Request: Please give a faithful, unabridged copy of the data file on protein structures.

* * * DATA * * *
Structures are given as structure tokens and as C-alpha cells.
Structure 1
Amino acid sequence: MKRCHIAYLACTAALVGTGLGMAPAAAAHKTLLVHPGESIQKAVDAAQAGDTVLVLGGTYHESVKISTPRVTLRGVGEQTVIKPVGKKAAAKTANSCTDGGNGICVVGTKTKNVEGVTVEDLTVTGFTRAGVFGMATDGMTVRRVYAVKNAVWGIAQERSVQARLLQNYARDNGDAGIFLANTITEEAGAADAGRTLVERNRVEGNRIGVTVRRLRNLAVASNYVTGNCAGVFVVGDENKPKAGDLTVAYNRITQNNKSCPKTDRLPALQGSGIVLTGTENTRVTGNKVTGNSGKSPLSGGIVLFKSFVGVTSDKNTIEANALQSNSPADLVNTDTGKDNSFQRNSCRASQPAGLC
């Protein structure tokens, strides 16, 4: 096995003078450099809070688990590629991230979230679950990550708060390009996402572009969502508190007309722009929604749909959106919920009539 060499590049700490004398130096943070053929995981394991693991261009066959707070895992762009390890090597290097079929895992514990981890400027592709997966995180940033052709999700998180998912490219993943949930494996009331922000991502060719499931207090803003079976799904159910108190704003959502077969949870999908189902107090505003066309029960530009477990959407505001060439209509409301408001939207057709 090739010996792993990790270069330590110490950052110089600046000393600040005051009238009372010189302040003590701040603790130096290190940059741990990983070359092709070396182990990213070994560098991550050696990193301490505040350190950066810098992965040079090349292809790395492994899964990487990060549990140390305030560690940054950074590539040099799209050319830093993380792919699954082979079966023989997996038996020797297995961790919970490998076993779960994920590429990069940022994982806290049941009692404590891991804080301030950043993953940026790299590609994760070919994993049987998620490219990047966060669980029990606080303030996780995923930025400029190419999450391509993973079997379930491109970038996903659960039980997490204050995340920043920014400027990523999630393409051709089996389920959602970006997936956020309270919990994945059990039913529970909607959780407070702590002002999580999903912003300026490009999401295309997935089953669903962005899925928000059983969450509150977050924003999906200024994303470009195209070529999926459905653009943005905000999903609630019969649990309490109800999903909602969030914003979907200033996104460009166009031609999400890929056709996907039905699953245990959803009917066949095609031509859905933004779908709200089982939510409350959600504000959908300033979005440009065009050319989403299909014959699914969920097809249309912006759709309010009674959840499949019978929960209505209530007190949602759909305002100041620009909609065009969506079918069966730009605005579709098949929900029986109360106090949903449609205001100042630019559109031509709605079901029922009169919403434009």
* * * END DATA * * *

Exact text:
Structures are given as structure tokens and as C-alpha cells.
Structure 1
Amino acid sequence: MKRCHIAYLACTAALVGTGLGMAPAAAAHKTLLVHPGESIQKAVDAAQAGDTVLVLGGTYHESVKISTPRVTLRGVGEQTVIKPVGKKAAAKTANSCTDGGNGICVVGTKTKNVEGVTVEDLTVTGFTRAGVFGMATDGMTVRRVYAVKNAVWGIAQERSVQARLLQNYARDNGDAGIFLANTITEEAGAADAGRTLVERNRVEGNRIGVTVRRLRNLAVASNYVTGNCAGVFVVGDENKPKAGDLTVAYNRITQNNKSCPKTDRLPALQGSGIVLTGTENTRVTGNKVTGNSGKSPLSGGIVLFKSFVGVTSDKNTIEANALQSNSPADLVNTDTGKDNSFQRNSCRASQPAGLC
């Protein structure tokens, strides 16, 4: 096995003078450099809070688990590629991230979230679950990550708060390009996402572009969502508190007309722009929604749909959106919920009539 060499590049700490004398130096943070053929995981394991693991261009066959707070895992762009390890090597290097079929895992514990981890400027592709997966995180940033052709999700998180998912490219993943949930494996009331922000991502060719499931207090803003079976799904159910108190704003959502077969949870999908189902107090505003066309029960530009477990959407505001060439209509409301408001939207057709 090739010996792993990790270069330590110490950052110089600046000393600040005051009238009372010189302040003590701040603790130096290190940059741990990983070359092709070396182990990213070994560098991550050696990193301490505040350190950066810098992965040079090349292809790395492994899964990487990060549990140390305030560690940054950074590539040099799209050319830093993380792919699954082979079966023989997996038996020797297995961790919970490998076993779960994920590429990069940022994982806290049941009692404590891991804080301030950043993953940026790299590609994760070919994993049987998620490219990047966060669980029990606080303030996780995923930025400029190419999450391509993973079997379930491109970038996903659960039980997490204050995340920043920014400027990523999630393409051709089996389920959602970006997936956020309270919990994945059990039913529970909607959780407070702590002002999580999903912003300026490009999401295309997935089953669903962005899925928000059983969450509150977050924003999906200024994303470009195209070529999926459905653009943005905000999903609630019969649990309490109800999903909602969030914003979907200033996104460009166009031609999400890929056709996907039905699953245990959803009917066949095609031509859905933004779908709200089982939510409350959600504000959908300033979005440009065009050319989403299909014959699914969920097809249309912006759709309010009674959840499949019978929960209505209530007190949602759909305002100041620009909609065009969506079918069966730009605005579709098949929900029986109360106090949903449609205001100042630019559109031509709605079901029922009169919403434009």